Get rid of it yourselfGiphy
Am I the only one who would throw caution out the window and smash the s*** out of that stupid, racist piece of garbage?? (The lawn ornament, but maybe the stepparent, too. Up to interpretation. )
Hoarding may be the issue hereGiphy
Does your stepdad have hoarding tendencies?? Like, is he scared to get rid of it because he thinks it is worth something?? Look it up on eBay, and see if ANY of them have sold, and what they sold for. Offer to sell it for him??? If it's what I think it is, it's cringe inducing, and I wouldn't want to be associated with the house that displays it.
A different point of viewGiphy
Well, it's not your house, so while you don't like it, it's really none of your business. You are forcing an issue between your mother and your step-father about something at THEIR house.
That said, I think you are also wrong about what you think of the statue, based on a few minutes of my own research:
"The jockey, in a similarly secret way, pointed to safe houses along the Underground Railroad.
"These statues were used as markers on the Underground Railroad throughout the South into Canada," says historian/author Charles Blockson, curator of the Afro-American Collection at Temple University in Philadelphia. "Green ribbons were tied to the arms of the statue to indicate safety; red ribbons meant to keep going.
"People who don't know the history of the jockey have feelings of humiliation and anger when they see the statue," he adds. "But this figure, which was sometimes used in a clandestine nature, and sometimes without the knowledge of the person who owned the statue, was a positive and supportive image to African-Americans on the road to freedom.""
From a 1998 article in the Chicago Tribune.
I'm not researching it any more to have any more of an opinion. Not your house.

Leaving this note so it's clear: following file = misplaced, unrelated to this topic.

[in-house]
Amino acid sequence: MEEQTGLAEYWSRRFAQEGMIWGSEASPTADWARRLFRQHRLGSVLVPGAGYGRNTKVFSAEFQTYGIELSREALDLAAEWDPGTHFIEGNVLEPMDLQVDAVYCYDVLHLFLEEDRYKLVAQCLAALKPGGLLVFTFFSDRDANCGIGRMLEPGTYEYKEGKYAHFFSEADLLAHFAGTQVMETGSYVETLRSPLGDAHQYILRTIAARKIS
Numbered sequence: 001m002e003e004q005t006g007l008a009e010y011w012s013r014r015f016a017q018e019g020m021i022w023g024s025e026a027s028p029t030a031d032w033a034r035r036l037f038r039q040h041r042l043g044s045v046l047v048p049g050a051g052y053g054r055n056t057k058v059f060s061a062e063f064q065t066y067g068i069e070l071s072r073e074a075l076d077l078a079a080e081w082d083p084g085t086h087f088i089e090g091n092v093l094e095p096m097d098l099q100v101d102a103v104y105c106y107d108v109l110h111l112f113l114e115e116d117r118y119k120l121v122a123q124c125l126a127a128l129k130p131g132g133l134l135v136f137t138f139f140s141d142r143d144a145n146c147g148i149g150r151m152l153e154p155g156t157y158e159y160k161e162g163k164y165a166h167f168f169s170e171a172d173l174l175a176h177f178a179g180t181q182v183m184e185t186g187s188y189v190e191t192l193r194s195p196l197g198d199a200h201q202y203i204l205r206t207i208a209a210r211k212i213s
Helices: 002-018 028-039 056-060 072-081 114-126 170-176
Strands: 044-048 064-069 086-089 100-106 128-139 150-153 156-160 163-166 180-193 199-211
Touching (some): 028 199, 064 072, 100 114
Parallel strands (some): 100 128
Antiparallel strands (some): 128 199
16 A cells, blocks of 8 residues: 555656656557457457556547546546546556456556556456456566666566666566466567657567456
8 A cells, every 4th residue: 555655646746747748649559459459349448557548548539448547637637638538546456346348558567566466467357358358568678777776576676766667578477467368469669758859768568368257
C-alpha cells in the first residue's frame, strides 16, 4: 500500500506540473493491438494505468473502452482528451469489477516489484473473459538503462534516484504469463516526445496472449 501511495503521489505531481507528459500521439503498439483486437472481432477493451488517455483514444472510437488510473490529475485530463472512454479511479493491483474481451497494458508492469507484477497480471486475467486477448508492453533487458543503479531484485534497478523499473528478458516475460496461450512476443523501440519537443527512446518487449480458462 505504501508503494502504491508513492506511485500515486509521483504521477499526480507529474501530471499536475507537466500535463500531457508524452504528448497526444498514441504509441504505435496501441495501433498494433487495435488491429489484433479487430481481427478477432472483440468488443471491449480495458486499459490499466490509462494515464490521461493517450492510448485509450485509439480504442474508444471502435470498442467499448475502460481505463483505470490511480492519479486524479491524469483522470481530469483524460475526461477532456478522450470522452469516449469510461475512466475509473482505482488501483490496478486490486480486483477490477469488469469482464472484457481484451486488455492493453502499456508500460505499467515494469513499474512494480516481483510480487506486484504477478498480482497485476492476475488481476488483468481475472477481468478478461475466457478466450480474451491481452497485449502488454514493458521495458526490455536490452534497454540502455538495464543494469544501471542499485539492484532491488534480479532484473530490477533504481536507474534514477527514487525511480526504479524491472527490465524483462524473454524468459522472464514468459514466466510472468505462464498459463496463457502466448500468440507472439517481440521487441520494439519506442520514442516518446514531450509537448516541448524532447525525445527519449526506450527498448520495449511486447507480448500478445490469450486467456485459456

The important questionGiphy
You are right for feeling as you do about the lawn ornaments. But I would ask, is it worth straining your relationship with your mother over? I get the impression that your step-dad is taking an opposing stance not because he actually likes or cares about the statue but because you have taking such a vocal position, it's almost like he's doing it for spite. Also, he might feel that you are accusing him of being racists and he's being defensive and doubling down. I bet if you never mentioned the statue to him again it would eventually disappear. Also you mentioned that your Mom said he agreed to get rid of, give him the chance to do the right thing.
Raise your hands--who had an emo phase in the 2000s? I know I did, as did a lot of people around me. All of us heard “It's just a phase" from our parents at some point, but when you're a kid, life as we know it seems so permanent.
Of course, most of the time, it was “just a phase". And looking back, those phases are regrettable, to say the least. Here are some prime examples of that.
What was your biggest/most regrettable "It's not a phase, mom. It's my life." that, in fact, turned out to be just a phase and not your life?